Word-Loving Wednesday: Mercurial

On Wednesdays, I show some love to an under-appreciated word. This week’s word is:

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Although this isn’t exactly an unknown word, I do think it is definitely underused, considering how awesome it is. Other words with a similar meaning include volatile, fickle, changeable and unpredictable. Any I’ve missed?

Will you join me in attempting to use “mercurial” in conversation or writing at least once this week? If so, remember to report back in the comments!

Word-Loving Wednesday

Word-Loving Wednesday: Invective

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On Wednesdays, I show some love to relatively unknown, underused or under-appreciated words. This week’s word is:

Invective

(Noun)

Definition:
Insulting, abusive or highly critical language.
Example: A torrent of invective spewed forth from her lips.
Pronunciation: in-VEK-tiv

I love nouns that sound like adjectives! This word originated in late Middle English, where it was used as an adjective – meaning abusive or reviling. I kind of hope that none of you have need of this word in your day-to-day lives (it’s not really fun to be on either end of a stream of invective), but I think it would work wonderfully in a written format. It has an inherent harshness that correlates beautifully with its meaning.

Will you join me in attempting to use the word “invective” in conversation or writing at least once this week? Be sure to report back here regarding the context in which you used it! And if you’d like to nominate a word for Word-Loving Wednesday, simply post it in the comments section below!

Photo courtesy of Trevor on Flickr.

Book Review: The Fault in Our Stars by John Green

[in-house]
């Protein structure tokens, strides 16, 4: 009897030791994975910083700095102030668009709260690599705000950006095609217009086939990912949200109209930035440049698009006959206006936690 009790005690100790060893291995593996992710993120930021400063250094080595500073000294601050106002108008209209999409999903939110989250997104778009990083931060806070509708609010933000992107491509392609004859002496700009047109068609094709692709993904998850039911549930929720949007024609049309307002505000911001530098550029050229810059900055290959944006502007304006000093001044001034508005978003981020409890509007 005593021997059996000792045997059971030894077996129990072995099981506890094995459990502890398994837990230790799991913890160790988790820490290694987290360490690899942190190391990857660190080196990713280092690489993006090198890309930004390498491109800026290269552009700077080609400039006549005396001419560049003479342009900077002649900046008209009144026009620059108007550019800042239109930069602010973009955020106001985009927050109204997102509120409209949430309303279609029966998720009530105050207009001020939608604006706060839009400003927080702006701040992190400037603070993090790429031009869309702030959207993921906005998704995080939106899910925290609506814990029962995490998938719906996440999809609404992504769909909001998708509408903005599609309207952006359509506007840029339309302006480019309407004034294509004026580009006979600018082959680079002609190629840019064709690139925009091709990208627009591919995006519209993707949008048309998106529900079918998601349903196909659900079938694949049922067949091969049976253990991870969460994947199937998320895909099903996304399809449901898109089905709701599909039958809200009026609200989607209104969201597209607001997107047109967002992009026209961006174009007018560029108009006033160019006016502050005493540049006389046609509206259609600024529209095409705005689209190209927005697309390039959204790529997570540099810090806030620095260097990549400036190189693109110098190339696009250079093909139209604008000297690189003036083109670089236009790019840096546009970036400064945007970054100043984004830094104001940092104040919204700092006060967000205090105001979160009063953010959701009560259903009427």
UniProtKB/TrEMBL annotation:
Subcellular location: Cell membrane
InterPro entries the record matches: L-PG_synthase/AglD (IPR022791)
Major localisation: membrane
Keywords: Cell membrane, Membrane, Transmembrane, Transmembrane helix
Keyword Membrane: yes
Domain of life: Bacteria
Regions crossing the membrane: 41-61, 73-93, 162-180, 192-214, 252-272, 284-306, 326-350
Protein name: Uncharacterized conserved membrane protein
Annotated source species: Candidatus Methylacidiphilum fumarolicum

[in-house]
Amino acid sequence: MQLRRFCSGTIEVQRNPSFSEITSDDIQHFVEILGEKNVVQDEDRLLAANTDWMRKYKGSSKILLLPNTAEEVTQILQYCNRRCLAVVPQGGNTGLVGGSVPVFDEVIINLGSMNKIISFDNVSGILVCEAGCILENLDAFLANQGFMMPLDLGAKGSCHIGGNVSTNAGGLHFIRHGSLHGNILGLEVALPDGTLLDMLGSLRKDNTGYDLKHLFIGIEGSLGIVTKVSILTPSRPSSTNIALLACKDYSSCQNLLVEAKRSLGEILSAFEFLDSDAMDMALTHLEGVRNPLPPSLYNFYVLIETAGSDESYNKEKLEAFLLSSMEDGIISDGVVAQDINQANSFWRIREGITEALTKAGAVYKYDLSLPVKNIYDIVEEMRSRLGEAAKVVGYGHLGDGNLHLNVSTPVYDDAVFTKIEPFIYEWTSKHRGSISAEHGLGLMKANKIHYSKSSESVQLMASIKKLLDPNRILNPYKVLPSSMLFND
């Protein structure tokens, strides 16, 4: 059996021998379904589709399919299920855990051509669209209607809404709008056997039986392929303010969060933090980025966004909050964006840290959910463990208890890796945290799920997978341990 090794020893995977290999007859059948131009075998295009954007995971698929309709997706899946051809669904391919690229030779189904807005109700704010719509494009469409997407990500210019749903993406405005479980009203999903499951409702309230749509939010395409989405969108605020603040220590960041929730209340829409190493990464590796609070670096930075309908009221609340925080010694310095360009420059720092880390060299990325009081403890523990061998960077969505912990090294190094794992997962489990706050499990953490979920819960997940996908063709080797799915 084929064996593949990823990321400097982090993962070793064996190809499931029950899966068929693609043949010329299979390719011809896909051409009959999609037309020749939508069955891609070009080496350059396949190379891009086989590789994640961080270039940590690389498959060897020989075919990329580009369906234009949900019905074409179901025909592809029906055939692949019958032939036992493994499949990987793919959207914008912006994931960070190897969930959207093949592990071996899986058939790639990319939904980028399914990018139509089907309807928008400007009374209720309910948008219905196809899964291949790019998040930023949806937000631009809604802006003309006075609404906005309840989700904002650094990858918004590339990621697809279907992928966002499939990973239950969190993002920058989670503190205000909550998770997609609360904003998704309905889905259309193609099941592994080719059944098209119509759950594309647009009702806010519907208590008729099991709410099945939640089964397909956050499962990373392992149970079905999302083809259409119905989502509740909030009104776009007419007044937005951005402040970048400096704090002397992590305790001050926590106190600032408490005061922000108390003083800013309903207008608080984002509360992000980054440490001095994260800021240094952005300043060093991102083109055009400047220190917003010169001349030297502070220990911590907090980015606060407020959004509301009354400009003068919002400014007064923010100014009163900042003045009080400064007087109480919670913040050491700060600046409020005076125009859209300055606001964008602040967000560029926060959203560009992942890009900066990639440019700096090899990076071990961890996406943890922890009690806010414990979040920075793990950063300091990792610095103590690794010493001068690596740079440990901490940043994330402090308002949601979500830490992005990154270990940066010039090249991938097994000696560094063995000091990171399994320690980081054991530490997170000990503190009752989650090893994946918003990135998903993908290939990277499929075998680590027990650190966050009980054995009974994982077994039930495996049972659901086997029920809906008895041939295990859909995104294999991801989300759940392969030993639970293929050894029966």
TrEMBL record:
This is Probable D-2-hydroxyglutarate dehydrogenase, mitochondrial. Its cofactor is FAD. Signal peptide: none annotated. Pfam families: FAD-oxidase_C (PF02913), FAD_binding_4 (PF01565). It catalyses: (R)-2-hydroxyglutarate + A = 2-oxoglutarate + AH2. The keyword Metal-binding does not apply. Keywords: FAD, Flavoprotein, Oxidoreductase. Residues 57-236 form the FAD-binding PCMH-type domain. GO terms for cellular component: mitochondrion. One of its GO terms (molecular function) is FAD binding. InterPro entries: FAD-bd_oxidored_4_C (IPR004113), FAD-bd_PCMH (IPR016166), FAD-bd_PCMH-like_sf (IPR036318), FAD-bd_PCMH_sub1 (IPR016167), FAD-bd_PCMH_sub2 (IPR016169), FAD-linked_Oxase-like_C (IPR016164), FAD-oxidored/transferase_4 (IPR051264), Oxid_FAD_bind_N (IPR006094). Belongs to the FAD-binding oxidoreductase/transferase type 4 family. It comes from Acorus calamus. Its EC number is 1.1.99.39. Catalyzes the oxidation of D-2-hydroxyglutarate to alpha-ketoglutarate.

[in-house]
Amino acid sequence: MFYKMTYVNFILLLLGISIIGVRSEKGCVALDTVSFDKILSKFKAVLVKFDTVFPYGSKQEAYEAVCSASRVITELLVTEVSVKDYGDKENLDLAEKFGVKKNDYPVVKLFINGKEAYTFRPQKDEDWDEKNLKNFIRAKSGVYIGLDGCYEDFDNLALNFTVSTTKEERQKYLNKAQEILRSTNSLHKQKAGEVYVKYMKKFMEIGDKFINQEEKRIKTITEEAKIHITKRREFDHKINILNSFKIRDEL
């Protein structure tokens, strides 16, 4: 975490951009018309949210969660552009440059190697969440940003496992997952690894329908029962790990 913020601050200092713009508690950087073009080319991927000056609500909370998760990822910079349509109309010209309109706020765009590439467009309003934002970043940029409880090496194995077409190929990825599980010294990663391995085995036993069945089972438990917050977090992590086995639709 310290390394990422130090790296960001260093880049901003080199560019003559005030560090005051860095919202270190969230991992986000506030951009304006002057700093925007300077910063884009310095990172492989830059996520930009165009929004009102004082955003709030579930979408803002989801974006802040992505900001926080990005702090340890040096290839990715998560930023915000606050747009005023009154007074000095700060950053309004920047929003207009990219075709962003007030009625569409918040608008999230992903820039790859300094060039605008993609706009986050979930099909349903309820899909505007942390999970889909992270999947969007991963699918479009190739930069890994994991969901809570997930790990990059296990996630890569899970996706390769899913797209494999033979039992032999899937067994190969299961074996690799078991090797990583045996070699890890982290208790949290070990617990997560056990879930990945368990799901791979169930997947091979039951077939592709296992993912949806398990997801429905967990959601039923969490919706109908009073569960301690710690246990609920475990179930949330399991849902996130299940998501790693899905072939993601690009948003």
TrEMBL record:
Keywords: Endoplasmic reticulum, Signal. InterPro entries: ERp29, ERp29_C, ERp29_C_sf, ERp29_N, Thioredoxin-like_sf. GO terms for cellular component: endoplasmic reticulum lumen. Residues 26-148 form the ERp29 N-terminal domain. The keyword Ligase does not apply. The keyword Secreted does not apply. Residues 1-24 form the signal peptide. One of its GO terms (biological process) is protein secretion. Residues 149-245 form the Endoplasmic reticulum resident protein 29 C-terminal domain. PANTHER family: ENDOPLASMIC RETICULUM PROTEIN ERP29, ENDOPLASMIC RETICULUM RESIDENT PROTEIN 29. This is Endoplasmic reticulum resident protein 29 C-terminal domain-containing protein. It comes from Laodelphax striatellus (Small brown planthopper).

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I’m generally reluctant to jump on bandwagons, but sometimes my curiosity gets the better of me and I have to see for myself what all the fuss is about. Such was the case with The Fault in Our Stars by John Green.

While I expected it to be an easy and engrossing read, I’ll admit that I didn’t expect to love it. Here’s why:

1) It’s classified as Young Adult (YA) Fiction. Prior to reading TFIOS, I hadn’t really read any YA novels since I was about 13, because a) I hated being a teenager and would prefer not to vicariously relive that period of my life, and b) I just assumed that any book aimed teenagers would be shallow and simplistic. (Side note: Remember that saying about making assumptions? Yeah, that.)

2) Sometimes I feel that writers exploit cancer by using it as a tool for guaranteeing a strong emotional reaction from their readers, because they know that nearly everyone has had some kind of experience with it, either directly or indirectly. Of course, it’s not necessarily a bad thing to write about heavy issues that we can all relate to, but I did wonder what TFIOS could possibly have to offer that hadn’t already been covered in the array cancer-centred fiction that preceded it.

3) The bandwagon thing. I’m way more critical of things that everyone loves (probably not my best quality, but anyway).

Thankfully, my slight skepticism came back void. Here’s why:

1) John Green doesn’t patronise his audience. He seems to operate from the perspective that teenagers are intelligent and do concern themselves with some of life’s more profound questions – questions that the majority of people will continue to wrestle with for their entire lives. There are also lots of cool (but not immediately obvious) symbolic themes and metaphors running through the book, for those who enjoy a little artistic excavation. Plus, the lead characters do NOT talk like real-life teenagers. This actually irritated me a little at first, until I heard Green explain that the dialogue was not supposed to be an accurate depiction of teenage discourse, but had been intentionally stylised in order to show what the main characters might think/hope they sound like.